Tool to scan for secret files on HTTP servers
# snallygaster Tool to scan for secret files on HTTP servers
snallygaster is a tool that looks for files accessible on web servers that shouldn’t be public and can pose a security risk.
Typical examples include publicly accessible git repositories, backup files potentially containing passwords or database dumps. In addition it contains a few checks for other security vulnerabilities.
As an introduction to these kinds of issues you may want to watch this talk: * [Attacking with HTTP Requests](https://www.youtube.com/watch?v=Bppr9rbmwz4)
See the [TESTS.md](TESTS.md) file for an overview of all tests and links to further information about the issues.
snallygaster is available [via pypi](https://pypi.python.org/pypi/snallygaster):
` pip3 install snallygaster `
It’s a simple python 3 script, so you can just download the file “snallygaster” and execute it. Dependencies are urllib3, beautifulsoup4 and dnspython.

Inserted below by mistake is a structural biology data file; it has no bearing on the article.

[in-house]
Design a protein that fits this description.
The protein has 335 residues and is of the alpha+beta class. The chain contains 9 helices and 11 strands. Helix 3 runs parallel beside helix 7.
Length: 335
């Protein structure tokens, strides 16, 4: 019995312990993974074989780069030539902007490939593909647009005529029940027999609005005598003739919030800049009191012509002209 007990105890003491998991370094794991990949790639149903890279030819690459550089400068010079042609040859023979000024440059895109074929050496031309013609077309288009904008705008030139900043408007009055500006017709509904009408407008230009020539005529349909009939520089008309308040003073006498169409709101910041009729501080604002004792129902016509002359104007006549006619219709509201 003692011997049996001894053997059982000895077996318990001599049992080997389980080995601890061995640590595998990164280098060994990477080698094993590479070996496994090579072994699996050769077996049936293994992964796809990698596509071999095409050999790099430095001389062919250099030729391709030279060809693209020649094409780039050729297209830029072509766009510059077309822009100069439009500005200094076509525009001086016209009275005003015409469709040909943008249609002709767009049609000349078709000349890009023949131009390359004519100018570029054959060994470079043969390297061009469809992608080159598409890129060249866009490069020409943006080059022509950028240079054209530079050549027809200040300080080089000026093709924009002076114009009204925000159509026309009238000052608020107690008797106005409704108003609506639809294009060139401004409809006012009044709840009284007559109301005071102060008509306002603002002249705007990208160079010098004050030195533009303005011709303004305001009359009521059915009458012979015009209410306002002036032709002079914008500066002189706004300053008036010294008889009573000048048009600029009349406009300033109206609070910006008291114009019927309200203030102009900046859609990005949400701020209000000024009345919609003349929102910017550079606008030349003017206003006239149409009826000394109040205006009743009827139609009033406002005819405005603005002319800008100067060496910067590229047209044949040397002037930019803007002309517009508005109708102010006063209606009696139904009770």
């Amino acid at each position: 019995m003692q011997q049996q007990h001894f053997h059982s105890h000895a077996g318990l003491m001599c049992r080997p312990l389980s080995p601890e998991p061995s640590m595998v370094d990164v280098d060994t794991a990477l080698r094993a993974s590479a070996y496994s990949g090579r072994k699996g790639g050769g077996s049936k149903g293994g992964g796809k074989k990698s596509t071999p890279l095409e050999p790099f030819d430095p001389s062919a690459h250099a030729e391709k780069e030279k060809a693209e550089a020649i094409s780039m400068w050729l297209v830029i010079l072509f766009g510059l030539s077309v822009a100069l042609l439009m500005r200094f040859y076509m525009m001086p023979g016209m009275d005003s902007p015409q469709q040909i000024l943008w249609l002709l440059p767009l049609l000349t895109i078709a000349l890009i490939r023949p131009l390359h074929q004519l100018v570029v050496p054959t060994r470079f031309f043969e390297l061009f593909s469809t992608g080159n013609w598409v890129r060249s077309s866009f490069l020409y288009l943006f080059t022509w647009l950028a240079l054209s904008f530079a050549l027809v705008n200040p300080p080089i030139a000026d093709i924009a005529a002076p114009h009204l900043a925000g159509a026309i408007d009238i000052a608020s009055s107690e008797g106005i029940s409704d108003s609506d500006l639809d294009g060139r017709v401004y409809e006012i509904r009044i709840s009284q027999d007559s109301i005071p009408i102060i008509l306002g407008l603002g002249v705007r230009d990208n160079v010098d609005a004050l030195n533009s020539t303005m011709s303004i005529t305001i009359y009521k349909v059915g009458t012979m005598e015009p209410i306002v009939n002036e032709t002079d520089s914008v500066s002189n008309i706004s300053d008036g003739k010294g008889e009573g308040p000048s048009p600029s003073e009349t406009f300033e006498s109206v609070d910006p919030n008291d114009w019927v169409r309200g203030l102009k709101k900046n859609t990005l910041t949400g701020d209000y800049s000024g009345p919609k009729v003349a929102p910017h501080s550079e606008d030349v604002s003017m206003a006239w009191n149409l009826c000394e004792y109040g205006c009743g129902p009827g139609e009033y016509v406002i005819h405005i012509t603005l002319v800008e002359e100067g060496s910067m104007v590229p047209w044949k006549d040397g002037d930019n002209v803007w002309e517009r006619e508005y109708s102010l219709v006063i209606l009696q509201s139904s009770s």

Q: I want to contribute / send a patch / a pull request!
A: That’s great, but please read the [CONTRIBUTIONS.md](CONTRIBUTIONS.md) file.
Q: What’s that name?
A: [Snallygaster](https://en.wikipedia.org/wiki/Snallygaster) is the name of a dragon that according to some legends was seen in Maryland and other parts of the US. There’s no particular backstory why this tool got named this way, other than that I was looking for a fun and interesting name.
I thought a name of some mythical creature would be nice, but most of those had the problem that I would have had name collisions with other software. Checking the list of dragons on Wikipedia I learned about the Snallygaster. The name sounded funny, the idea that there are dragon legends in the US interesting and I found no other piece of software with that name.
credit and thanks
- Thanks to Tim Philipp Schäfers and Sebastian Neef from the [Internetwache](https://www.internetwache.org/) for plenty of ideas about things to look for.
- Thanks to [Craig Young](https://secur3.us/) for many discussions during the development of this script.
- Thanks to [Sebastian Pipping](https://blog.hartwork.org/) for some help with Python programming during the development.
- Thanks to the organizers of Bornhack, Driving IT, SEC-T and the Rights and Freedom track at 34C3 for letting me present this work.